You can see that even our shadows follow the head of Ted
It was early morning and I only wanted croissants. There would be Ted's own french press coffee and I knew the croissants would constitute a hit. That is, along with smoked salmon, scrambled eggs, and fresh sourdough from the St Ives Bakery (no one who comes to St Ives can possibly diet). So, up to the Norway Store I would go.
Coming out of the door and beginning my dash, I happened to glance at the harbor and was stopped in my tracks. The croissants must wait. For the sun was quietly making a dramatic appearance!
There were a few other early birds out there along with me, gazing in amazement and snapping photographs. We were all fascinated and no one said a word. No one needed to.
The sunrise developed into the most delicious day, a day in which we parked the black Mercedes at Lands End and then maneuvered ourselves so that we could walk to it from St Just. The hiking book said that it was a mere 6 miles along the coastal path where we would see brilliant scenery we would never forget. There would be no real boulders, just some stones that may or may not cause us to be squeamish. We took all of this with a grain of salt, and just plunged right in. And great, dear Readers, was our reward:
Walking along the Cornish coastal path with startling blues on one side and stunning greens on the other, is in a realm almost heavenly. Who cared if the 'mere 6 miles' turned into more than a mere 8? We did see brilliant scenery we will never forget:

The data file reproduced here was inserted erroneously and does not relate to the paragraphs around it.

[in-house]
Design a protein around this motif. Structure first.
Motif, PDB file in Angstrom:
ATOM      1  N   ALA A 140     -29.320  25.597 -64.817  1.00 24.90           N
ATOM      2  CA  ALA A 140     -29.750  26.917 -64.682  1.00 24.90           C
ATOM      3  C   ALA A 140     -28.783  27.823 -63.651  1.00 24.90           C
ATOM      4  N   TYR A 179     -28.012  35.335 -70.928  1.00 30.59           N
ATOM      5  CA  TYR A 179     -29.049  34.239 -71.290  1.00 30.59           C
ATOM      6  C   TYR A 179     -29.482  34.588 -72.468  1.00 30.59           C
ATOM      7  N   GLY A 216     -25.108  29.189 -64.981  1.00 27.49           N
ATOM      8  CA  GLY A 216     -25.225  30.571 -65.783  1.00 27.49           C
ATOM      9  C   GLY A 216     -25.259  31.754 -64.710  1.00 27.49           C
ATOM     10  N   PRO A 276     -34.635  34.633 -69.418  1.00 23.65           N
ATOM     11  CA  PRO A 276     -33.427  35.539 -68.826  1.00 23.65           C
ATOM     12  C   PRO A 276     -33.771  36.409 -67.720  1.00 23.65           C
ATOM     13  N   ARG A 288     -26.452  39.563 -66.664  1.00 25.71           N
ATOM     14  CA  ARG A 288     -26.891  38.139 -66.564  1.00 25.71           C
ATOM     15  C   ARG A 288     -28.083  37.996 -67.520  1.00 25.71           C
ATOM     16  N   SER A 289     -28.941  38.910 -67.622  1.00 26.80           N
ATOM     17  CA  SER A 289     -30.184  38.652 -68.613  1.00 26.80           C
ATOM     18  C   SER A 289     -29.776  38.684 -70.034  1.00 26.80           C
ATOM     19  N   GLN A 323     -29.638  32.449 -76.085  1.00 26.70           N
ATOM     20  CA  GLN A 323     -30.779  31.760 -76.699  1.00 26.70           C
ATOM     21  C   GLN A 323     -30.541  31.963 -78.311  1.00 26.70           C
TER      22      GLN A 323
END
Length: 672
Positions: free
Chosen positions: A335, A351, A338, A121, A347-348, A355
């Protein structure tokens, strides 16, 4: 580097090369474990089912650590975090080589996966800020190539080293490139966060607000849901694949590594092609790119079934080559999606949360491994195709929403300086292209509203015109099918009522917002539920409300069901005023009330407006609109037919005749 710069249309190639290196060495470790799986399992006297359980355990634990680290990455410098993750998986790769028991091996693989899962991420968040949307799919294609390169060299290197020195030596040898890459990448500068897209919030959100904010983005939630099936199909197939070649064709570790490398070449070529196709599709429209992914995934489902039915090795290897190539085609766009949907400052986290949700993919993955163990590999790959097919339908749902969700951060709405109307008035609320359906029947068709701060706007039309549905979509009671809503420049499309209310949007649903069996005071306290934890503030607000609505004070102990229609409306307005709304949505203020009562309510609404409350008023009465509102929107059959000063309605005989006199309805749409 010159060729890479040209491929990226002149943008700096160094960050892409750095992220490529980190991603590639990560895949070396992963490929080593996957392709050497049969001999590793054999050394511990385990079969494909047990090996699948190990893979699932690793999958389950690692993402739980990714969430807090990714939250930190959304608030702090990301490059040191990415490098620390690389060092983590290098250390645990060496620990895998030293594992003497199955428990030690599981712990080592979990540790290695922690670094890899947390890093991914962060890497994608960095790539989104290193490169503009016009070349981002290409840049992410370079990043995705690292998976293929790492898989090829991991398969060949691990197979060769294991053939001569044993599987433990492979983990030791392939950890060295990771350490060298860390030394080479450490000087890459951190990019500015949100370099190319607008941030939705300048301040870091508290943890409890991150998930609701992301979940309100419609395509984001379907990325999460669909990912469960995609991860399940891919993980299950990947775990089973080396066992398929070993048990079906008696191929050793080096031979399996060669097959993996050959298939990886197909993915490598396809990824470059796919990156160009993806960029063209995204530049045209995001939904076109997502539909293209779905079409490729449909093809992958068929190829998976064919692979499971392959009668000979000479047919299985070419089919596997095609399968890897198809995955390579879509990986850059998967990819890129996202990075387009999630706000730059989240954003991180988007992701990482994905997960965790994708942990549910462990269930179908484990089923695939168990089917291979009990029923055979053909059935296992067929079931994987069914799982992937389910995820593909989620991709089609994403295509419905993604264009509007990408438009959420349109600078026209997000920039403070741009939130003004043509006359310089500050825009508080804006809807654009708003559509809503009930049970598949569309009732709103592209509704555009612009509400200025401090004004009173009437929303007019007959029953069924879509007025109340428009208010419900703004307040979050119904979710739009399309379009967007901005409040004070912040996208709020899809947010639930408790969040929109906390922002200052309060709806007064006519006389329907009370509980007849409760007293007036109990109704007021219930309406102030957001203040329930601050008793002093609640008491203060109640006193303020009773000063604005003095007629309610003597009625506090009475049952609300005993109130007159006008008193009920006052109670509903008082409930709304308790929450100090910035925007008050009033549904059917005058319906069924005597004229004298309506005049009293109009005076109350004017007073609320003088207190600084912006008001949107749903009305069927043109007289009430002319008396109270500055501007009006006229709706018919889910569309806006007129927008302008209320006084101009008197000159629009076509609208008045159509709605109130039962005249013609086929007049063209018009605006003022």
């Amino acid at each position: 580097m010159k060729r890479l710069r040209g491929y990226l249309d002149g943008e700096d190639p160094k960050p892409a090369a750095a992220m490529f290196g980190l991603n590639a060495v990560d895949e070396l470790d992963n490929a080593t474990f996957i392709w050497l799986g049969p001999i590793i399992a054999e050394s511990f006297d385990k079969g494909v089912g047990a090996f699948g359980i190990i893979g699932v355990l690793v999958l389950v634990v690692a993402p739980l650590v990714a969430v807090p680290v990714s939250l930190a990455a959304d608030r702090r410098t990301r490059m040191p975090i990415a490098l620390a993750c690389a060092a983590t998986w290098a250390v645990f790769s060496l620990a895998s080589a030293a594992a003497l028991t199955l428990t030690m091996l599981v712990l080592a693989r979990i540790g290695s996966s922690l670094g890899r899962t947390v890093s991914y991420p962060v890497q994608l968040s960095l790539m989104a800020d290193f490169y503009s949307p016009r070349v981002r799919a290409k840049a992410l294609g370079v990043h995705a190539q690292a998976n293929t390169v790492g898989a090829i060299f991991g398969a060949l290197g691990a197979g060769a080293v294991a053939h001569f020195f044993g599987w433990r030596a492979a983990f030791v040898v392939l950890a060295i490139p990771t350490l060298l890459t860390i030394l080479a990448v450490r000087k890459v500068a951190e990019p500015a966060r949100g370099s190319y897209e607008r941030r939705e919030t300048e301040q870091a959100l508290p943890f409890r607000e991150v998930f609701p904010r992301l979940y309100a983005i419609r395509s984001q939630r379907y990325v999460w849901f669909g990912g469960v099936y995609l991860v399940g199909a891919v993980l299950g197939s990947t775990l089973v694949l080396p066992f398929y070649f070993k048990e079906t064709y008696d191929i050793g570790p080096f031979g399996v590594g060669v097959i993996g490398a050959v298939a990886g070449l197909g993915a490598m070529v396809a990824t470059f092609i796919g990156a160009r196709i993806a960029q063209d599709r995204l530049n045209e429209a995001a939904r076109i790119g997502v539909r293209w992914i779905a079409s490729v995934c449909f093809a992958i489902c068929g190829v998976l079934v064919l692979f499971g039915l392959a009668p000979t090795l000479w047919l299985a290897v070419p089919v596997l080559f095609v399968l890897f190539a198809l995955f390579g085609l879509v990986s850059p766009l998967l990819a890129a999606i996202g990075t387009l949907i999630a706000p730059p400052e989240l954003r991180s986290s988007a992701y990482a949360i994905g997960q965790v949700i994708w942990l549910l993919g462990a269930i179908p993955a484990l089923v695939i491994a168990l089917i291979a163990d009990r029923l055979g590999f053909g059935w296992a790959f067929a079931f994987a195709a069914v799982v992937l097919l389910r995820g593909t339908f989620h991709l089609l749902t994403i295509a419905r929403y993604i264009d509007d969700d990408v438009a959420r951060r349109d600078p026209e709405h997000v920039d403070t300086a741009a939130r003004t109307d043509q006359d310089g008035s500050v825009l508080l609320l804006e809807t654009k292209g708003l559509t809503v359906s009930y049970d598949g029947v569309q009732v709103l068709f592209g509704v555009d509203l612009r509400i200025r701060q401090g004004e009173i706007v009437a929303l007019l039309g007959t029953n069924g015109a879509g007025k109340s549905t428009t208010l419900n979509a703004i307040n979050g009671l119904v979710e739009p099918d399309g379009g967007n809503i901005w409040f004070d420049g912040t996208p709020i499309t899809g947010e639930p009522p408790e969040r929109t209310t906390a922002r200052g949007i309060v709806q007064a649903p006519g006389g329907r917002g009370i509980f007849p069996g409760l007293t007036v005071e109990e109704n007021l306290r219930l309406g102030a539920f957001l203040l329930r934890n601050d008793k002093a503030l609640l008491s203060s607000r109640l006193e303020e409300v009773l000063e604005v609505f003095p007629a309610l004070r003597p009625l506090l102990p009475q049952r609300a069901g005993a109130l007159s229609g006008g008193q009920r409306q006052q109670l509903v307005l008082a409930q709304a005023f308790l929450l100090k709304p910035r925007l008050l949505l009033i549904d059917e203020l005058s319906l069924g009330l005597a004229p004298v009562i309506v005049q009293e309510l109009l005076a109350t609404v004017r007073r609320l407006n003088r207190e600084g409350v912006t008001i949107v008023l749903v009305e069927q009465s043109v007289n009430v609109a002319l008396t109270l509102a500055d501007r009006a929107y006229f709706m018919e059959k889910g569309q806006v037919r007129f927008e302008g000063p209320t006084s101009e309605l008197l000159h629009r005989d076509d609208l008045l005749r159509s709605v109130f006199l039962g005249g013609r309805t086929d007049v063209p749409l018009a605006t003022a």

It seemed almost impossible, but finally we saw the long-familiar shape of Lands End ahead of us. Fortified with Cornish ice creams, we braved the cold winds and pushed toward it.
Our final reward happened as we drove back toward town on a minuscule country road, and came upon COWS. Tons of them! A boy was driving them nonchalantly along, and there was absolutely nothing for it but to sit in the car and watch as they squeezed by. It was a skinny country lane and they were an inch away! It was hilarious. On and on they came, moseying two by two, just minding their own business and paying us no attention.
Once in a while they would roll their eyes at Ted, who was sitting so close to them that he could have easily petted them. In fact, I thought they were cute. "Oh Ted, can't you just put one hand out there and touch that one? Please?"
Ted, of course, was having none of it and rolled his own eyes at me. Being one inch away from 30 colossal bovines practically rubbing their sides on his Mercedes, was clearly more than he had bargained for.
Obviously, he did not think they were 'cute'.
See you along the way!
photo credit: <a href="http://www.flickr.com/photos/11302107@N05/8894525006">Guess where?</a> via <a href="http://photopin.com">photopin</a> <a href="https://creativecommons.org/licenses/by/2.0/">(license)</a>